In a previous post, we covered Adding, Updating, and Refreshing Data in a Datagrid. We’re using LINQ to SQL and winforms.So, as promised, here’s how we delete records using LINQ and C# in a winform:


private void removeButton_Click(object sender, EventArgs e)
{

if (dgvProjectData.SelectedRows.Count > 0)

{
try
{
// Get the Company
var curCompany = GetRecord();

// Delete the contact.
lqMyDb.Companies.DeleteOnSubmit(curCompany);

lqMyDb.SubmitChanges();

btnRefresh_Click(null, null);

}

catch (InvalidOperationException io)
{
MessageBox.Show(this, (“Oops! you are trying to delete a record that no longer exists. Please refresh your records again.”), “Missing record …”);
}

catch (Exception ex)
{
MessageBox.Show(this, (“The following occred while trying to delete:” + ex.Message), “Delete Error…”);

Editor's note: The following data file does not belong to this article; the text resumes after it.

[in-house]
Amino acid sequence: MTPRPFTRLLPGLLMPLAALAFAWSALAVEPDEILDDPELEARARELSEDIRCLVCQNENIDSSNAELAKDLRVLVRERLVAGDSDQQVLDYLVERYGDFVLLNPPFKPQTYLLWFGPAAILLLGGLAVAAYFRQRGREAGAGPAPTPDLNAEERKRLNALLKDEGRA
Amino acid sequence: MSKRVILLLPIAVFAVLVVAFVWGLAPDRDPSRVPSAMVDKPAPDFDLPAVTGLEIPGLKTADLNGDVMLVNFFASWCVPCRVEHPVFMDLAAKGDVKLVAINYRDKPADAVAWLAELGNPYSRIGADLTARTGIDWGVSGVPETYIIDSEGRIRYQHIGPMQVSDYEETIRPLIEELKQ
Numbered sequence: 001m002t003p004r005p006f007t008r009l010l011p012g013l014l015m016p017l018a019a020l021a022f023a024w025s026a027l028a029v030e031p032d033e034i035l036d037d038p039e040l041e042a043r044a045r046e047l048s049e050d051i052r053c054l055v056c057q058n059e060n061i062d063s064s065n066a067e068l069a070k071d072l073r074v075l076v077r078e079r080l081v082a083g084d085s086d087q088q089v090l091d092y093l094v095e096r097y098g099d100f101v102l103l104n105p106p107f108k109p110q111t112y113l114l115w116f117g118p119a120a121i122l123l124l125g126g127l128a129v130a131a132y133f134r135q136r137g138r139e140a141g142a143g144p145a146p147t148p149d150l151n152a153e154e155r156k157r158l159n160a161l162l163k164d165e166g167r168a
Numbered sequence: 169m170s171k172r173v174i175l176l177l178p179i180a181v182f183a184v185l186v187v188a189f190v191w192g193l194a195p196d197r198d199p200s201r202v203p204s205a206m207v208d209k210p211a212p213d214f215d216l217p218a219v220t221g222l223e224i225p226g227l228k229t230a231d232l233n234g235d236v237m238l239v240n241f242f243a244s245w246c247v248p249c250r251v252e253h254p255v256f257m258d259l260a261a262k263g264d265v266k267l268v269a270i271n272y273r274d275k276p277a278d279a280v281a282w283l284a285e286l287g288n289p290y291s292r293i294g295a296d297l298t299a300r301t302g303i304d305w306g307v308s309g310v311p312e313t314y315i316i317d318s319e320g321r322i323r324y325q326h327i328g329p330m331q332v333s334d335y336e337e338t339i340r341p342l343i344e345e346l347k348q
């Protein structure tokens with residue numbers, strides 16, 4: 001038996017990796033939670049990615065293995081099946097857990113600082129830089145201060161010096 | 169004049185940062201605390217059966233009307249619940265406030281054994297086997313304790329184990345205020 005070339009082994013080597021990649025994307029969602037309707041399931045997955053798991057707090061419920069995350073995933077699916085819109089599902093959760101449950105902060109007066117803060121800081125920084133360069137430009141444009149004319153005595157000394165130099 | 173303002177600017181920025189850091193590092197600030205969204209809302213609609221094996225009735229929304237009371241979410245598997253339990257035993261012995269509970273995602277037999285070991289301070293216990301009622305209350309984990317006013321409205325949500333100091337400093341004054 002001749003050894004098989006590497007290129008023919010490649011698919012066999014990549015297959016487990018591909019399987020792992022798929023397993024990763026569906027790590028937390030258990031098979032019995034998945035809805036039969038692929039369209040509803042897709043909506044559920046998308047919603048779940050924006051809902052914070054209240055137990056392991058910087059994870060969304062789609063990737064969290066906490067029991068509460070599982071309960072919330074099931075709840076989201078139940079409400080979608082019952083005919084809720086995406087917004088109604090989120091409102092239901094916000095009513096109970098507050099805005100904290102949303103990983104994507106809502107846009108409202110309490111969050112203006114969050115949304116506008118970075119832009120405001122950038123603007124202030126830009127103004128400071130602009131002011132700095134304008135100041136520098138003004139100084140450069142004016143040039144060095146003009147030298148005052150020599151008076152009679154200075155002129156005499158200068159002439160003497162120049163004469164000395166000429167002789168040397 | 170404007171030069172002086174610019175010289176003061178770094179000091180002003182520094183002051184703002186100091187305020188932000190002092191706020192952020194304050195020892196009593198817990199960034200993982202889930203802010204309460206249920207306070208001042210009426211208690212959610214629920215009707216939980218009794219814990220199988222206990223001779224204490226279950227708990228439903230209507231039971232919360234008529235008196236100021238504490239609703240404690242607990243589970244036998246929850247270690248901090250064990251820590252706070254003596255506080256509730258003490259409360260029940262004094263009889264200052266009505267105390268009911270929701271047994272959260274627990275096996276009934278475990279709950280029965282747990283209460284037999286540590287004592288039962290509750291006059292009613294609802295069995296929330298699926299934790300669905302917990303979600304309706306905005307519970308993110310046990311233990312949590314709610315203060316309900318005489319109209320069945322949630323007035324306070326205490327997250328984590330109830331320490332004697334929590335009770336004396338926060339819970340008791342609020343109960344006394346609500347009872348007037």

}
}

else
{
MessageBox.Show(this, “You did not select a row to delete”, “Delete Error…”);
}
}

First, there is: if (dgvProjectData.SelectedRows.Count > 0)

We’re basically making sure we’re selecting a row. After which we “try” to get a specific record with this code: var curCompany = GetRecord();

Now we delete the company and submit the changes with the following code:

lqMyDb.Companies.DeleteOnSubmit(curCompany);

lqMyDb.SubmitChanges();

btnRefresh_Click(null, null);

What if there are problems? Well, we have catches in place for that:

catch (InvalidOperationException io)
{
MessageBox.Show(this, (“Oops! you are trying to delete a record that no longer exists. Please refresh your records again.”), “Missing record …”);
}

catch (Exception ex)
{
MessageBox.Show(this, (“The following occured while trying to delete:” + ex.Message), “Delete Error…”);
}

Finally, if they didn’t set a record to delete, then this messagebox will show:

MessageBox.Show(this, “You did not select a row to delete”, “Delete Error…”);

And that’s it. In my next post, I’ll show the drama that involves trying to display a company name in a combobox.

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